Is It Possible to Have a Truly Feminist Wedding?

Can a woman who’s fought for equality still be comfortable as a bride? In an industry that’s dominated by sexism (I mean an engagement ring is a symbol of ownership and it’s only the woman who’s expected to change her name… and don’t even get me started on the fact that the whole wedding thing is automatically assumed to be the woman’s domain). Well, weddings and marriage don’t always look that great. But if it’s the commitment you and your partner want, there’s no reason why you have to leave your feminist beliefs behind when you say “I do”. Becky Hoh-Hale, founder of the Most Curious Wedding Fair, is here today to talk you through the options.

As the founder of a wedding show, it can be hard to reconcile my career of choice with my feminist beliefs. I can sometimes feel myself explaining what I do with an element of guilt, almost apologising for my role in sending more sisters off to the patriarchal shackles. But The Most Curious Wedding Fair takes the idea of a wedding day and offers it up to couples to own it, and this allows me to rest easy in our quest for equality. So, I thought it would be interesting to look at how women in 2018 can and are reconciling their empowered selves with those wedding rituals less palatable to the bad ass bride.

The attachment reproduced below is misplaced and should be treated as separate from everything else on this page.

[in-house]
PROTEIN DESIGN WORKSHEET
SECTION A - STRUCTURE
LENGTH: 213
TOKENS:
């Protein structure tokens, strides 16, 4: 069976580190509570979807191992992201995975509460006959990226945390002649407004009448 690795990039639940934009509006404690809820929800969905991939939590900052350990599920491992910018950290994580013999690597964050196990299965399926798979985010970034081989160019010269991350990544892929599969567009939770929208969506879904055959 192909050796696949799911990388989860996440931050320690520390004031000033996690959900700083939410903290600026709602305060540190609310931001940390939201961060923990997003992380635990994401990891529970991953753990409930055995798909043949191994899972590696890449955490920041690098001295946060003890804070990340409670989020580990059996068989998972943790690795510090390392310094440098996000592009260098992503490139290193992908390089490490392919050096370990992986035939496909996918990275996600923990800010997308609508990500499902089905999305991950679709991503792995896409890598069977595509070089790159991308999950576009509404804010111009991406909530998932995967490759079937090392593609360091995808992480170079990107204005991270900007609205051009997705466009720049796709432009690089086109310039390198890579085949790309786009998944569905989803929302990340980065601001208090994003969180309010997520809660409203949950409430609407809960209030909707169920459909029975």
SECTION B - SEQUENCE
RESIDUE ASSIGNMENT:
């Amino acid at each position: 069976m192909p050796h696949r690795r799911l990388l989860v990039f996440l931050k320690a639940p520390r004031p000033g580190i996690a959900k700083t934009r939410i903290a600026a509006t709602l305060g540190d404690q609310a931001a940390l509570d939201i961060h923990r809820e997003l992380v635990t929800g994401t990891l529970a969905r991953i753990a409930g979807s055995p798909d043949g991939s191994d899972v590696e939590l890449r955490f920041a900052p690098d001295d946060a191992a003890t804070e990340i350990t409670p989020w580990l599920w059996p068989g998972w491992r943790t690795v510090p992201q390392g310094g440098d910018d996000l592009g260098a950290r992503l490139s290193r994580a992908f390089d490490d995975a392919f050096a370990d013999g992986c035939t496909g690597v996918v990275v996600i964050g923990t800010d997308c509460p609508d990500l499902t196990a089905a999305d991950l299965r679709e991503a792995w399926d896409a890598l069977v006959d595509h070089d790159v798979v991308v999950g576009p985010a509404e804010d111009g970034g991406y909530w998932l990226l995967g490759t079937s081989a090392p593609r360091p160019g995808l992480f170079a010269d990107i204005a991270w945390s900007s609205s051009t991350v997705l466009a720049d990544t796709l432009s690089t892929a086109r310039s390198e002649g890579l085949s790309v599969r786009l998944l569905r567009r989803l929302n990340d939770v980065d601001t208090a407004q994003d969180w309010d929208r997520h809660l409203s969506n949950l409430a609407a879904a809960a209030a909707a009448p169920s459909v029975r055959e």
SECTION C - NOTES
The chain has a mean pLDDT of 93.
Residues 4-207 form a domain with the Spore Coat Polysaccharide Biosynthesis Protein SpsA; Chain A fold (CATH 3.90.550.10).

As you are here already on Rock n Rock Bride, it’s likely that sticking to tradition is not top of your list of priorities, but similarly you’re reading this because marriage is important to you and you want it for you and your partner. Hell, you may not even want to lose all the romantic symbolism set up by some of the time-honoured wedding traditions. So let’s go there, what do these traditions mean? What are their origins? How can you change them up, slip in important feminist acts and reclaim your wedding?

The Wedding Dress

First up, let’s talk about the dress. I think we all know what the virginal white angelic gown associated with brides is meant to symbolise (although this assumption is actually completely inaccurate as it was originally blue that was seen as the virginal colour because of the Virgin Mary. The white wedding dress only became popular after Queen Victoria opted to wear it when she married Prince Albert!)

Whether a white wedding dress is a symbol of whether or not you’ve had sex yet or not (and honestly, even your Gran is probably pretty much up to speed on where you guys are at with that, having lived together for three years already) if you think about it, it’s always going to be an act of rebellion to wear something other than traditional white or ivory.

The Cake